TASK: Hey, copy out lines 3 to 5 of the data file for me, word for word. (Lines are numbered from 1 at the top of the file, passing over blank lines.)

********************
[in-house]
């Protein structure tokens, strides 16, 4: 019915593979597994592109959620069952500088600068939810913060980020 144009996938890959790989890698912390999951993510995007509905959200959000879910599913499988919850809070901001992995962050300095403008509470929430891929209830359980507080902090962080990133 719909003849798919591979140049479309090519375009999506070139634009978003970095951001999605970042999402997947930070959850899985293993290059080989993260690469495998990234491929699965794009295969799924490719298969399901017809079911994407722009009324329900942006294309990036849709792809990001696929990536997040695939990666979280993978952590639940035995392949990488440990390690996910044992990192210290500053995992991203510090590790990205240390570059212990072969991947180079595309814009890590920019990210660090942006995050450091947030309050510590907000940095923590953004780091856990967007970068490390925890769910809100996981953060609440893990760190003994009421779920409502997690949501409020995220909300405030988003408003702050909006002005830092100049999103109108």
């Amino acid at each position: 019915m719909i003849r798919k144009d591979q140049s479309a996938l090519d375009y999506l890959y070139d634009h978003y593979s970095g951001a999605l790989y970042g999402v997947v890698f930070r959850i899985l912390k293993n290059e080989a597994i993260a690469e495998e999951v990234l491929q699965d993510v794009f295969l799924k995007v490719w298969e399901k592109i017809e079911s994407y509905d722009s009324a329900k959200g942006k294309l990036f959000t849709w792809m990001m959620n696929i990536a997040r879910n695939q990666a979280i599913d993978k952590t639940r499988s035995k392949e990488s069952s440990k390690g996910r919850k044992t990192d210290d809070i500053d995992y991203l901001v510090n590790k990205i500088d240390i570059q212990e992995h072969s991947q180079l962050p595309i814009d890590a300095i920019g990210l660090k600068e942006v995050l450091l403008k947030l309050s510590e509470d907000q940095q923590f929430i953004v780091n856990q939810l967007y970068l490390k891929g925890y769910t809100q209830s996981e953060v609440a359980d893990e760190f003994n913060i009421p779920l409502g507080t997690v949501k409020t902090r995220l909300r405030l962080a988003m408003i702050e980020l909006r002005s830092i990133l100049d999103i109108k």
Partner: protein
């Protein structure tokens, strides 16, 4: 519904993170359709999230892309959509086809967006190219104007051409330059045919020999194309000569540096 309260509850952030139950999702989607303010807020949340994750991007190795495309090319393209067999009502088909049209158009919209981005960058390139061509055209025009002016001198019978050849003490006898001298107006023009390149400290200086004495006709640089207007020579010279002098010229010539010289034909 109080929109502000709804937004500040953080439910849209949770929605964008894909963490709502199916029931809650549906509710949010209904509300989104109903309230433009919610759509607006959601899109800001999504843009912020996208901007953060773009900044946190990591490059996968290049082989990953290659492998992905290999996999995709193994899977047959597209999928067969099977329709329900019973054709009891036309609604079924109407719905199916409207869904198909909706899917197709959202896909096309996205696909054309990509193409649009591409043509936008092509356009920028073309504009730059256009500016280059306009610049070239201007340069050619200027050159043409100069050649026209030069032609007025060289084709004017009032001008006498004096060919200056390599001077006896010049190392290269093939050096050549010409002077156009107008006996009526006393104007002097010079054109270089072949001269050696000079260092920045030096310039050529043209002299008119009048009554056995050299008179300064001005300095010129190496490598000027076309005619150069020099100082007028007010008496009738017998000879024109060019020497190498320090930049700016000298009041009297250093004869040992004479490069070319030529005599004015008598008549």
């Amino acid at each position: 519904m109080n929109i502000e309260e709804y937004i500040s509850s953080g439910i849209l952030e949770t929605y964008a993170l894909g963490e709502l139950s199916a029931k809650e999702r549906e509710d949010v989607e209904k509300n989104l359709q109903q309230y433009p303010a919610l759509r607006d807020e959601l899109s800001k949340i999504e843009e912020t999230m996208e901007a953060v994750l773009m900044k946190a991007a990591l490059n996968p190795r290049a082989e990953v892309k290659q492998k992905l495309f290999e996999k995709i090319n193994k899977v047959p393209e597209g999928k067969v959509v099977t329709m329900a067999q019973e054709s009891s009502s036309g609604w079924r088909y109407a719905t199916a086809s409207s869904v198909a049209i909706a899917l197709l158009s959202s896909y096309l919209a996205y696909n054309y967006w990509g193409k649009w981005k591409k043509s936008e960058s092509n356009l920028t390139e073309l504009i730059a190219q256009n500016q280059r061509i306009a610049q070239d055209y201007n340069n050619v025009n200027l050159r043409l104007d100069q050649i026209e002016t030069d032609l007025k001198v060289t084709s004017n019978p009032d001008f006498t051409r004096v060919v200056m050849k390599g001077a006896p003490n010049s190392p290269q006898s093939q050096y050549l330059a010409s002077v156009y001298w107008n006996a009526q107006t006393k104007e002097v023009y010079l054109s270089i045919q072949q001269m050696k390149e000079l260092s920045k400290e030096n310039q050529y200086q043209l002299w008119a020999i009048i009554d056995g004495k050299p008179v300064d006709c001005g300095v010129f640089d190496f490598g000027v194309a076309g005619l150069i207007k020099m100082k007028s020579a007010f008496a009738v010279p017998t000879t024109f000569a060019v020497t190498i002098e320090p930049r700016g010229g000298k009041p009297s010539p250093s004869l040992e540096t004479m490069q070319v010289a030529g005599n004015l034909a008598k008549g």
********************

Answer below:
């Amino acid at each position: 019915m719909i003849r798919k144009d591979q140049s479309a996938l090519d375009y999506l890959y070139d634009h978003y593979s970095g951001a999605l790989y970042g999402v997947v890698f930070r959850i899985l912390k293993n290059e080989a597994i993260a690469e495998e999951v990234l491929q699965d993510v794009f295969l799924k995007v490719w298969e399901k592109i017809e079911s994407y509905d722009s009324a329900k959200g942006k294309l990036f959000t849709w792809m990001m959620n696929i990536a997040r879910n695939q990666a979280i599913d993978k952590t639940r499988s035995k392949e990488s069952s440990k390690g996910r919850k044992t990192d210290d809070i500053d995992y991203l901001v510090n590790k990205i500088d240390i570059q212990e992995h072969s991947q180079l962050p595309i814009d890590a300095i920019g990210l660090k600068e942006v995050l450091l403008k947030l309050s510590e509470d907000q940095q923590f929430i953004v780091n856990q939810l967007y970068l490390k891929g925890y769910t809100q209830s996981e953060v609440a359980d893990e760190f003994n913060i009421p779920l409502g507080t997690v949501k409020t902090r995220l909300r405030l962080a988003m408003i702050e980020l909006r002005s830092i990133l100049d999103i109108k």
Partner: protein
């Protein structure tokens, strides 16, 4: 519904993170359709999230892309959509086809967006190219104007051409330059045919020999194309000569540096 309260509850952030139950999702989607303010807020949340994750991007190795495309090319393209067999009502088909049209158009919209981005960058390139061509055209025009002016001198019978050849003490006898001298107006023009390149400290200086004495006709640089207007020579010279002098010229010539010289034909 109080929109502000709804937004500040953080439910849209949770929605964008894909963490709502199916029931809650549906509710949010209904509300989104109903309230433009919610759509607006959601899109800001999504843009912020996208901007953060773009900044946190990591490059996968290049082989990953290659492998992905290999996999995709193994899977047959597209999928067969099977329709329900019973054709009891036309609604079924109407719905199916409207869904198909909706899917197709959202896909096309996205696909054309990509193409649009591409043509936008092509356009920028073309504009730059256009500016280059306009610049070239201007340069050619200027050159043409100069050649026209030069032609007025060289084709004017009032001008006498004096060919200056390599001077006896010049190392290269093939050096050549010409002077156009107008006996009526006393104007002097010079054109270089072949001269050696000079260092920045030096310039050529043209002299008119009048009554056995050299008179300064001005300095010129190496490598000027076309005619150069020099100082007028007010008496009738017998000879024109060019020497190498320090930049700016000298009041009297250093004869040992004479490069070319030529005599004015008598008549």